Among the 679 CRC patients analyzed, 90 (13.2%) were considered to have locally advanced tumors and therefore were managed through extended resections (including viscera or anatomical structures). In this group, average age was 59 years (24-88) and women [55 (61.1%)] prevailed over men [35 (38.9%)]. Thirty-one tumors (34.5%) were primarily located in the rectum (distal 15 cm from the promontory) and 59 (65.5%) affected colonic segments. While rectal tumors (24; 77%) were more common among women, colonic lesions were equally distributed in both genders [31 women (53%) vs 28 men (47%)].

Surgical data

Seventy-six procedures (84.4%) were considered curative (R0 resections, without residual tumor) and 14 (15.6%) were palliative (R1 resections, with microscopic residual tumor or R2 resections, with macroscopic residual tumor).

Surgical procedures are listed on Table 1. Operative length varied from 150 to 590 minutes (average of 304.4 minutes) and 41 patients (45.6%) required perioperative blood transfusion. Colostomies were necessary in 17 patients (18.9%), 15 after abdominoperineal excision and 2 due to operative complications. Ileostomies were performed in 6 (6.7%) patients after low anterior resection. According to the Department's protocol(15), neoadjuvant chemoradiation (5400 Gy, 5-Fluoracil and leucovorin) was only indicated to mid or distal rectal tumors (17/31 rectal tumors; 54.8%). Techniques of proctectomy included total mesorectal excision.



Table 2 shows a list of organs and structures simultaneously resected. Small bowel (19.8%), bladder (16.4%), uterus (12.9%) and ovaries/fallopian tubes (11.2%) were the most commonly affected organs. It was necessary to remove one, two, three or more additional organs in 57%, 29% and 14% patients, respectively (Figure 1).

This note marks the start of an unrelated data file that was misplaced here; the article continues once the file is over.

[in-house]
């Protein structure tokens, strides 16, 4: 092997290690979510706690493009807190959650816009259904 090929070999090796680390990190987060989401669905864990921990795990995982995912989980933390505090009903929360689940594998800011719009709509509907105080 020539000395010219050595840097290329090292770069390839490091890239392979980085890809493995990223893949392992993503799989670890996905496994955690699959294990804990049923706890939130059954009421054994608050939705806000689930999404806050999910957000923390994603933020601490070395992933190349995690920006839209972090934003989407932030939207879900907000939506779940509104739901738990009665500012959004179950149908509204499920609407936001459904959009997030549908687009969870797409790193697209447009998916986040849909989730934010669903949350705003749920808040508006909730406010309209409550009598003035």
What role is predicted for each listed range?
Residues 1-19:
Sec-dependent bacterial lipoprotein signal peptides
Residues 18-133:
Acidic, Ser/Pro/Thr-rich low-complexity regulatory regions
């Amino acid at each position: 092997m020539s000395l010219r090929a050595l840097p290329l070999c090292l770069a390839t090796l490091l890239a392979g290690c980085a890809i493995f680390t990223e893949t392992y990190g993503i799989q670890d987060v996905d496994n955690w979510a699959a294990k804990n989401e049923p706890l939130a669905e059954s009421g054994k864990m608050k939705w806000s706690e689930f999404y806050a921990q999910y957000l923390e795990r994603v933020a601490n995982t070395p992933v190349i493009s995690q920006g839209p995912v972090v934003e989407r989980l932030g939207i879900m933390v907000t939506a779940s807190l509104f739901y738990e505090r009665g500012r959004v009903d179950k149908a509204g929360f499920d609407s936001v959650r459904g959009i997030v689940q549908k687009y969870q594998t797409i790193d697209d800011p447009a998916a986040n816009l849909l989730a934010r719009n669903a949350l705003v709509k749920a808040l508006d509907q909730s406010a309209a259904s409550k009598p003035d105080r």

After treatment, 23 patients (25.6%) developed complications (Table 3), the most common being surgical site infection (6.7%), prolonged ileus (4.4%) and anastomotic dehiscence (3.3%). Reoperation was necessary in two patients due to intestinal occlusion and pelvic abscess. Three patients (3.3%) died from operative complications. Average hospital length of stay was 21 days (3 to 63 days).



Table 4 presents the results of clinical and surgical data in relation to survival.



Histological features

Histological features and survival are presented in Table 5. According to the depth of penetration, 28 (42.2%) tumors were staged as T3 and 52 (57.8%) as T4 lesions. Most adenocarcinomas were classified as tubular (68; 75.5%), but there were also found epithelial (mucinous and mucocellular, signed-ring cells) in 14 (15.6%) and tubulovillous in 8 patients (8.9%). A moderate degree of cellular differentiation was detected in the great majority of lesions (74, 82.2%). In a lesser proportion, poor and well-differentiated tumors were found in eight cases each (8.9%).



Lymph node involvement was detected in 52 patients (58%), 27 (30.2%) of them showing 1-3 and 25 (27.6%) with more than four positive lymph nodes. Vascular, lymphatic or perineural invasion was similarly detected in 42 patients. Inflammatory and tumoral adhesions among the resected organs were found in 37 (41.1%) and 53 (58.9%) patients, respectively.

Survival and recurrence

Length of follow-up among all patients varied from 16 to 114 months (average 36), and there was not statistical difference between colon and rectal lesions.